First a recap.

The government agency filed suit against Sony Music Dec. 10, claiming the company improperly collected, maintained and disclosed personal information from thousands of children under the age of 13 without their parents’ consent.

Furthermore, the FTC charged Sony Music had violated Section 5 of the Federal Trade Commission Act by falsely stating in its privacy policy that users who indicated they were under 13 would be restricted from participating in the company’s Web page activities, when in reality Sony Music accepted registrations from children listing their ages as under 13.

But that was then.

Now, Sony Music has agreed to pay $1 million as part of settling the lawsuit, the largest fine ever paid in a Children’s Online Privacy Protection Act (COPPA) case.

The Commission’s consent order also prohibits Sony Music from violating any provision of the rule and requires the company to distribute the order and the FTC’s “How To Comply With the Children’s Online Privacy Protection Rule” to company personnel.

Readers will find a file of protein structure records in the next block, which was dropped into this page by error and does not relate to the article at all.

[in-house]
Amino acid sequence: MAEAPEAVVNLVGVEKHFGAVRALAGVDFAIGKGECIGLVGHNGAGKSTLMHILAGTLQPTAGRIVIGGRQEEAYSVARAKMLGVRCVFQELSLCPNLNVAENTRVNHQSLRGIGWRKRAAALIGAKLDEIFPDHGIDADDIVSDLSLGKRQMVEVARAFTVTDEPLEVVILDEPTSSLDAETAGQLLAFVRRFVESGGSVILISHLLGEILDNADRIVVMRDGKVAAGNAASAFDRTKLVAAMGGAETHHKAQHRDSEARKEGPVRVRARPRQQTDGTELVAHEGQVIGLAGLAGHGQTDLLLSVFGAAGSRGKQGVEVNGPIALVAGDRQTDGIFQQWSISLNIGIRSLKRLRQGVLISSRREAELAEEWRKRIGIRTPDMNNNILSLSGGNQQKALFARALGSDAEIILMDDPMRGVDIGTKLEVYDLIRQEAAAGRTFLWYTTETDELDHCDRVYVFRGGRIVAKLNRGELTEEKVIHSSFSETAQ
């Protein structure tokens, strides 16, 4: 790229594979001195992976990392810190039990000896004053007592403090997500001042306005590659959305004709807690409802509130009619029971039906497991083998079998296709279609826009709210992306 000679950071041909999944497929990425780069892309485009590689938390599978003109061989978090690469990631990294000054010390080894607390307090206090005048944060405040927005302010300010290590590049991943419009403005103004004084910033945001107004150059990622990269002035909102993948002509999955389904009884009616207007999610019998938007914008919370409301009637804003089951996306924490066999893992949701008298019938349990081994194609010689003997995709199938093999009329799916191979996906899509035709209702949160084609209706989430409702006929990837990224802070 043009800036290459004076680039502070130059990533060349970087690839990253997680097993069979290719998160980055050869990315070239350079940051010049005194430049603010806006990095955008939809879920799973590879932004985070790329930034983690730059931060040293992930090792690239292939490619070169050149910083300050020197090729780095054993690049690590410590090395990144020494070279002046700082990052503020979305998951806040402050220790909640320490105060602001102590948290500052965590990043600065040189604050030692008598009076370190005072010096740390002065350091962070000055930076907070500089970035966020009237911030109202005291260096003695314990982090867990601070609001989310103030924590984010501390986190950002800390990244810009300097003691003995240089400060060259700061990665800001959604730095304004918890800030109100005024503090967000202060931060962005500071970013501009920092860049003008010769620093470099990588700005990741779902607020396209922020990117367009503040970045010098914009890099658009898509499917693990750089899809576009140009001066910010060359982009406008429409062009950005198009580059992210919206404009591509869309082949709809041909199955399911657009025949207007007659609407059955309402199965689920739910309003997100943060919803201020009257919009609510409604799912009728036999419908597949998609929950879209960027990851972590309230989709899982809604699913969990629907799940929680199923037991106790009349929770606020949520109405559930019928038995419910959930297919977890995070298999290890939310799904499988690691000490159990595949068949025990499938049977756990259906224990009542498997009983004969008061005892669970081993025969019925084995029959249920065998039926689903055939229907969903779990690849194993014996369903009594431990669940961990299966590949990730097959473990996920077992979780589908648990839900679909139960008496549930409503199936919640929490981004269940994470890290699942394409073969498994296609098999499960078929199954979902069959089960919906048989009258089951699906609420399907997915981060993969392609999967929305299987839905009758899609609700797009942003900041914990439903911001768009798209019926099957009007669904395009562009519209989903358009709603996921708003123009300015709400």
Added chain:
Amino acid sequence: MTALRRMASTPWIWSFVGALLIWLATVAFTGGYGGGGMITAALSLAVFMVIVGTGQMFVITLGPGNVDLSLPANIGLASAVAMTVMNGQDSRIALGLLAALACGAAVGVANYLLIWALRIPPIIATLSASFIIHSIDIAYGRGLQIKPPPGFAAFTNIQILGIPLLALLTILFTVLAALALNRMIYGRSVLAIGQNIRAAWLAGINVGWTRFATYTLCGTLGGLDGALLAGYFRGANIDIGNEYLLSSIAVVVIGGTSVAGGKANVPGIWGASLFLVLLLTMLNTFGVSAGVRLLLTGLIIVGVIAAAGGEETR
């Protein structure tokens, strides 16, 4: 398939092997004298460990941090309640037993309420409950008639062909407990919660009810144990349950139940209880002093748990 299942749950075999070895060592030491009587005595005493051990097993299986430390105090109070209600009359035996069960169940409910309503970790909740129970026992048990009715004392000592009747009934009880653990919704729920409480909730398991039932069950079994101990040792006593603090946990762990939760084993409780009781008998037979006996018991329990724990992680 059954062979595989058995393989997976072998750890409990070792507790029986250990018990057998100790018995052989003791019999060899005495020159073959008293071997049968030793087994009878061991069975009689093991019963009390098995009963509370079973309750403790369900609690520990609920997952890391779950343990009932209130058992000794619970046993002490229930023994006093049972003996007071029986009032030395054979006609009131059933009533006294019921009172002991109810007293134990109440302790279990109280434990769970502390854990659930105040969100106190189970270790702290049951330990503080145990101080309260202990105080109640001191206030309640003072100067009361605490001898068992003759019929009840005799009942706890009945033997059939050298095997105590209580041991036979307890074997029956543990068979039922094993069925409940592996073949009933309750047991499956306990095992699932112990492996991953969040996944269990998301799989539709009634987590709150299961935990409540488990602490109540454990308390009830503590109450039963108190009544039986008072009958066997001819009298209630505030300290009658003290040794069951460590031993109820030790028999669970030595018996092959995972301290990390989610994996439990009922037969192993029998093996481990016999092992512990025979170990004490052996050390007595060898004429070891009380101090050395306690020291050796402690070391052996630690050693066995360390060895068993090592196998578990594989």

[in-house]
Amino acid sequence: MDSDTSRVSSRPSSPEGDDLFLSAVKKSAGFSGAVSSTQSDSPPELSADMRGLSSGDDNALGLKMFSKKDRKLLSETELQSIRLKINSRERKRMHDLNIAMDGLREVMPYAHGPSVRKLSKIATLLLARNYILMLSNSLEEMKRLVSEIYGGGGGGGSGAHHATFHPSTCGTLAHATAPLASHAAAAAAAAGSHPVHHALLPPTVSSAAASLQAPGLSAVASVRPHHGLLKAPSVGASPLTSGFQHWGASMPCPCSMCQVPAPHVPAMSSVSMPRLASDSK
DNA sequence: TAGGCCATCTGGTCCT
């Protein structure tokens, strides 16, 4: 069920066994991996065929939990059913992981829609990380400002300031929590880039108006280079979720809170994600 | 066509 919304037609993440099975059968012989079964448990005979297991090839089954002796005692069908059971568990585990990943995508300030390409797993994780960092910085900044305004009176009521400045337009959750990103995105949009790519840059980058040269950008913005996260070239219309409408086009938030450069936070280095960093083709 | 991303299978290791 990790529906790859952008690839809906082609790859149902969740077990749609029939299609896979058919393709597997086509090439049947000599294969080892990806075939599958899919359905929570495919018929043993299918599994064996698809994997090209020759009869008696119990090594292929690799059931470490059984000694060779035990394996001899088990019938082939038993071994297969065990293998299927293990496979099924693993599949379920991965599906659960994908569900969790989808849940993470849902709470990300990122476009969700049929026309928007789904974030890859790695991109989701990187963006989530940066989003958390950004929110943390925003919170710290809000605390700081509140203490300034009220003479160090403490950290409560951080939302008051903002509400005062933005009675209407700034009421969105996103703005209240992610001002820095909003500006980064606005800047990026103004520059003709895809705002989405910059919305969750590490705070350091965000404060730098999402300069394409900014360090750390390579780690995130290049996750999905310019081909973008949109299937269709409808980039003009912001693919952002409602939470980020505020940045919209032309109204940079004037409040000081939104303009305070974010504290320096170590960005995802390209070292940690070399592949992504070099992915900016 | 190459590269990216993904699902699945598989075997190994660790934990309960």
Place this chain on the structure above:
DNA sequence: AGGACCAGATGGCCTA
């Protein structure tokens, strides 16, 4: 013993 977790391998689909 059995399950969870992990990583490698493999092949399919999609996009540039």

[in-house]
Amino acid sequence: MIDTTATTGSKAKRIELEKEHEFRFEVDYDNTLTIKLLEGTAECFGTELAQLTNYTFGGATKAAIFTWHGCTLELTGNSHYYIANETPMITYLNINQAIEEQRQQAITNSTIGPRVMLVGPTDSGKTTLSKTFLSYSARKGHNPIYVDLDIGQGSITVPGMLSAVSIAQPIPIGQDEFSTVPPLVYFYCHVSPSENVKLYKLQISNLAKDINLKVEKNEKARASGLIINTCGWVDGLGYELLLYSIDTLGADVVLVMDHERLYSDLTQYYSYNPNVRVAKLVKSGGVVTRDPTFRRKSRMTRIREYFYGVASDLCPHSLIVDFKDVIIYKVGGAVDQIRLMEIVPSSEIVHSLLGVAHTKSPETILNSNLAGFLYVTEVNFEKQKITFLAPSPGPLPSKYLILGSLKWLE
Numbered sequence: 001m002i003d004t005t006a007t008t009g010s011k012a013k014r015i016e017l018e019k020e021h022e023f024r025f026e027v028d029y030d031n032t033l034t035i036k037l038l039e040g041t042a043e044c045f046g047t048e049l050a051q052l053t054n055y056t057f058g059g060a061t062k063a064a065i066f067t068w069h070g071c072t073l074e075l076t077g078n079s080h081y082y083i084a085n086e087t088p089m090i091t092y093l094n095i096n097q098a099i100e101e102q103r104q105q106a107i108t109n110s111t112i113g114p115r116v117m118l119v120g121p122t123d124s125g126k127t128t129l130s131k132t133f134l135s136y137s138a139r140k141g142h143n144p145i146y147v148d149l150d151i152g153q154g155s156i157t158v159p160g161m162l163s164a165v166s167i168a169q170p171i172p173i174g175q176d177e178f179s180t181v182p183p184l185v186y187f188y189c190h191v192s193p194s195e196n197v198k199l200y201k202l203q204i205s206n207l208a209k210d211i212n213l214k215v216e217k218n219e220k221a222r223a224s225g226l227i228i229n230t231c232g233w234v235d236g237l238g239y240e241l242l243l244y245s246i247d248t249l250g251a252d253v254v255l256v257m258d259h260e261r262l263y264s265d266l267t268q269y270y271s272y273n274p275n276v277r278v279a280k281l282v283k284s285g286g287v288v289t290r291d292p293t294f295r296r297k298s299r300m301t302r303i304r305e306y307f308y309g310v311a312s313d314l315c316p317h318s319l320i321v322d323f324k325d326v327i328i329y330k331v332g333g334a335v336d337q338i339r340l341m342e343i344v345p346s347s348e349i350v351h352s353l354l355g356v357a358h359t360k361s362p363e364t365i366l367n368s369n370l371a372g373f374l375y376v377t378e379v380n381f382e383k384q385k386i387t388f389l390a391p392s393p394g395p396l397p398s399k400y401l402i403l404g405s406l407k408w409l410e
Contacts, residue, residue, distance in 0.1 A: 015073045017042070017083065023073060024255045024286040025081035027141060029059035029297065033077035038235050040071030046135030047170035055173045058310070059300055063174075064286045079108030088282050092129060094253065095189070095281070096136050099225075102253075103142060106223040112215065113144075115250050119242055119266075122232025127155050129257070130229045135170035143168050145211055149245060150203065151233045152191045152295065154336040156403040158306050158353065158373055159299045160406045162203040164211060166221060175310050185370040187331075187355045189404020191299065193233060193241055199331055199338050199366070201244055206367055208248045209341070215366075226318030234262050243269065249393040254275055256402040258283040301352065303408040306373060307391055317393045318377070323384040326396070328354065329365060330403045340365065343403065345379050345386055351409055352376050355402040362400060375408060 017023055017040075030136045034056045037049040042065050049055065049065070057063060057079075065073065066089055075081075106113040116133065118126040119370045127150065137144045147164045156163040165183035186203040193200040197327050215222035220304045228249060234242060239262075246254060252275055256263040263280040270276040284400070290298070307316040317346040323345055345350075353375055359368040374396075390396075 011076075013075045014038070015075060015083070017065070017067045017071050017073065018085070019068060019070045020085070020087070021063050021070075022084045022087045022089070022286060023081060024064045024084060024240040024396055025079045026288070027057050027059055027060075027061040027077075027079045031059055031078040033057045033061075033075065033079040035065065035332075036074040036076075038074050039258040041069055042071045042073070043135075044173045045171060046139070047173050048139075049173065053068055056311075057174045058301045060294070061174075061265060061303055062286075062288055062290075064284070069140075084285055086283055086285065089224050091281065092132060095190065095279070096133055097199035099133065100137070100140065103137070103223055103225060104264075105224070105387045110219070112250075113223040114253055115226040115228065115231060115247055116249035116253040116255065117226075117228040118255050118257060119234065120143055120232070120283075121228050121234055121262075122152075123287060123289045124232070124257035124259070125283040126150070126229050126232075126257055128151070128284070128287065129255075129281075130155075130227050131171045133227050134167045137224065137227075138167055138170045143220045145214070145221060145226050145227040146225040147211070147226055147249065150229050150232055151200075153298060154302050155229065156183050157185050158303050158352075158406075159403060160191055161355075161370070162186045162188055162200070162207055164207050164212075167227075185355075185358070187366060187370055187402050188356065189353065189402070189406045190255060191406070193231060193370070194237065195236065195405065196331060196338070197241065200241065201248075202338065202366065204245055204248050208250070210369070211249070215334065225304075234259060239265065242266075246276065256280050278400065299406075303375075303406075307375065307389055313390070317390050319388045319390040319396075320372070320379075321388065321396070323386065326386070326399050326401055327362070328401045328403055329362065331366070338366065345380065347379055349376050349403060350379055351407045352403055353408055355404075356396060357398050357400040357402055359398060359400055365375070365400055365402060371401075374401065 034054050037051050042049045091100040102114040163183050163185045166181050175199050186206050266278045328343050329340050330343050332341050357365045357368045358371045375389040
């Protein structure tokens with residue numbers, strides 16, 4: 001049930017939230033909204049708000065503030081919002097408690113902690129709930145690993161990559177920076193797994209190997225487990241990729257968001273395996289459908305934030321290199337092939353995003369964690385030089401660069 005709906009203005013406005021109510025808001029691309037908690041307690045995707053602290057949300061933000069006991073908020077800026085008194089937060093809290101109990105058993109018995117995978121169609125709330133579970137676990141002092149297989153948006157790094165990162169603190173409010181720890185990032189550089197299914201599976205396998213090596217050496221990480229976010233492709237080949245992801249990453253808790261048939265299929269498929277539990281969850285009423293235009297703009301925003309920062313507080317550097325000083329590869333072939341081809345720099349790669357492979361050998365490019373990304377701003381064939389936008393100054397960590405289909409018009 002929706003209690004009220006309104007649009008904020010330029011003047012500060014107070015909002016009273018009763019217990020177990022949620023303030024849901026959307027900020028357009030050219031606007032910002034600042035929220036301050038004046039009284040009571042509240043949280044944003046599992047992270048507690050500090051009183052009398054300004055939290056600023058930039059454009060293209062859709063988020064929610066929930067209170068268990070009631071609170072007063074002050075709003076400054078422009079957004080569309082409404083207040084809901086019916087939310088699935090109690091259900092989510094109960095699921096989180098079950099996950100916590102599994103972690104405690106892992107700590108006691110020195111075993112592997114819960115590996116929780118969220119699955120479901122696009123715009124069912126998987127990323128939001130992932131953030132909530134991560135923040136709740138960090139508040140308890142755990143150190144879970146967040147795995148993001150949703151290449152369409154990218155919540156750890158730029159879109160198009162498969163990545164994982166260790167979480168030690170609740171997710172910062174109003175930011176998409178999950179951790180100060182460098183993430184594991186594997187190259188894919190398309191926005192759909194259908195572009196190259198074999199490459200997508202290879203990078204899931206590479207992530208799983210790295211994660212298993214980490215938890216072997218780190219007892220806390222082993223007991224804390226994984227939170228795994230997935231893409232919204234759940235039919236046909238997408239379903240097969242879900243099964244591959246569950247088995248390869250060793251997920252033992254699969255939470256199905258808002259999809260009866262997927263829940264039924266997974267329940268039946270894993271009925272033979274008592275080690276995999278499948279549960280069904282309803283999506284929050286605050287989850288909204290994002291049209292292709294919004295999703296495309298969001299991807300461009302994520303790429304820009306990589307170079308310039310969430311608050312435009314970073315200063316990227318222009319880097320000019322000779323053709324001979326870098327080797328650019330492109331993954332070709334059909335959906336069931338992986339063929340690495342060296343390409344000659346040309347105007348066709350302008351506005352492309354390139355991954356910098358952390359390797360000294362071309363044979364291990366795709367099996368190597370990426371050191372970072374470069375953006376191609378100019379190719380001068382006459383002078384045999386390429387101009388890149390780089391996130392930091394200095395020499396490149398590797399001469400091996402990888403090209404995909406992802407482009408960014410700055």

The order also commands Sony Music to link to FTC consumer education materials for the next five years, specifically to the FTC’s children’s privacy section.

“Sites with social networking features, like any Web sites, need to get parental consent before collecting kids’ personal information,” said FTC Chairman William Kovacic. “Sony Music is paying the penalty for falling down on its COPPA obligations.”